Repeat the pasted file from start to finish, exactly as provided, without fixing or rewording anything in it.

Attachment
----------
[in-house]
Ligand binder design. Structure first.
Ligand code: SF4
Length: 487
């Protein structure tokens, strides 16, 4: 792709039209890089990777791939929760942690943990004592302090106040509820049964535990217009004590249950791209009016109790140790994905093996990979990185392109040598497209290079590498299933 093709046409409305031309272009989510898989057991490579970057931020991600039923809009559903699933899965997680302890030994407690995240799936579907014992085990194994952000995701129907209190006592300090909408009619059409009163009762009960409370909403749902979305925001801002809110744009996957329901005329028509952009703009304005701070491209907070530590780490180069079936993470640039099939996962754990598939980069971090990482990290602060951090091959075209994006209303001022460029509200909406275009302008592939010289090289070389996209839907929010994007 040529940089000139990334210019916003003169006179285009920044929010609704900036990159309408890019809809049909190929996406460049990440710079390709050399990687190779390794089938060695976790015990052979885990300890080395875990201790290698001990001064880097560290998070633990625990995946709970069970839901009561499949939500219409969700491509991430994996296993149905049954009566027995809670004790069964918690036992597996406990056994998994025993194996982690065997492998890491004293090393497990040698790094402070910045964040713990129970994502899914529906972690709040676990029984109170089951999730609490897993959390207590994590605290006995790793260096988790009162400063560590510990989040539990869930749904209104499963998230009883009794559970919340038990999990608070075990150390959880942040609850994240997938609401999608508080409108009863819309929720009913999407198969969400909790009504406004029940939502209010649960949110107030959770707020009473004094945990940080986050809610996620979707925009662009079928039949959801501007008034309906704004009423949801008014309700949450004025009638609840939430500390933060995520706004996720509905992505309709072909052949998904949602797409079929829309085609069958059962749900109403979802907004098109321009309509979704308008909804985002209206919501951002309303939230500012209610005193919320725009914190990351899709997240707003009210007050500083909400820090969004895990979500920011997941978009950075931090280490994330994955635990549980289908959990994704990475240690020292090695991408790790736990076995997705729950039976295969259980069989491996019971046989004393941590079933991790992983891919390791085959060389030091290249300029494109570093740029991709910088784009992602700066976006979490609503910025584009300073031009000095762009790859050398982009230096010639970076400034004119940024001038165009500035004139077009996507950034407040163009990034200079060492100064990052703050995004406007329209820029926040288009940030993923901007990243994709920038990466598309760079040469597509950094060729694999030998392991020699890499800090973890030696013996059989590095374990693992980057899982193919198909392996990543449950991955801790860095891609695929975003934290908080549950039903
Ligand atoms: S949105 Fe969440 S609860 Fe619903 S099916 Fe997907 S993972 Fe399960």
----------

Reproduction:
[in-house]
Ligand binder design. Structure first.
Ligand code: SF4
Length: 487
């Protein structure tokens, strides 16, 4: 792709039209890089990777791939929760942690943990004592302090106040509820049964535990217009004590249950791209009016109790140790994905093996990979990185392109040598497209290079590498299933 093709046409409305031309272009989510898989057991490579970057931020991600039923809009559903699933899965997680302890030994407690995240799936579907014992085990194994952000995701129907209190006592300090909408009619059409009163009762009960409370909403749902979305925001801002809110744009996957329901005329028509952009703009304005701070491209907070530590780490180069079936993470640039099939996962754990598939980069971090990482990290602060951090091959075209994006209303001022460029509200909406275009302008592939010289090289070389996209839907929010994007 040529940089000139990334210019916003003169006179285009920044929010609704900036990159309408890019809809049909190929996406460049990440710079390709050399990687190779390794089938060695976790015990052979885990300890080395875990201790290698001990001064880097560290998070633990625990995946709970069970839901009561499949939500219409969700491509991430994996296993149905049954009566027995809670004790069964918690036992597996406990056994998994025993194996982690065997492998890491004293090393497990040698790094402070910045964040713990129970994502899914529906972690709040676990029984109170089951999730609490897993959390207590994590605290006995790793260096988790009162400063560590510990989040539990869930749904209104499963998230009883009794559970919340038990999990608070075990150390959880942040609850994240997938609401999608508080409108009863819309929720009913999407198969969400909790009504406004029940939502209010649960949110107030959770707020009473004094945990940080986050809610996620979707925009662009079928039949959801501007008034309906704004009423949801008014309700949450004025009638609840939430500390933060995520706004996720509905992505309709072909052949998904949602797409079929829309085609069958059962749900109403979802907004098109321009309509979704308008909804985002209206919501951002309303939230500012209610005193919320725009914190990351899709997240707003009210007050500083909400820090969004895990979500920011997941978009950075931090280490994330994955635990549980289908959990994704990475240690020292090695991408790790736990076995997705729950039976295969259980069989491996019971046989004393941590079933991790992983891919390791085959060389030091290249300029494109570093740029991709910088784009992602700066976006979490609503910025584009300073031009000095762009790859050398982009230096010639970076400034004119940024001038165009500035004139077009996507950034407040163009990034200079060492100064990052703050995004406007329209820029926040288009940030993923901007990243994709920038990466598309760079040469597509950094060729694999030998392991020699890499800090973890030696013996059989590095374990693992980057899982193919198909392996990543449950991955801790860095891609695929975003934290908080549950039903
Ligand atoms: S949105 Fe969440 S609860 Fe619903 S099916 Fe997907 S993972 Fe399960």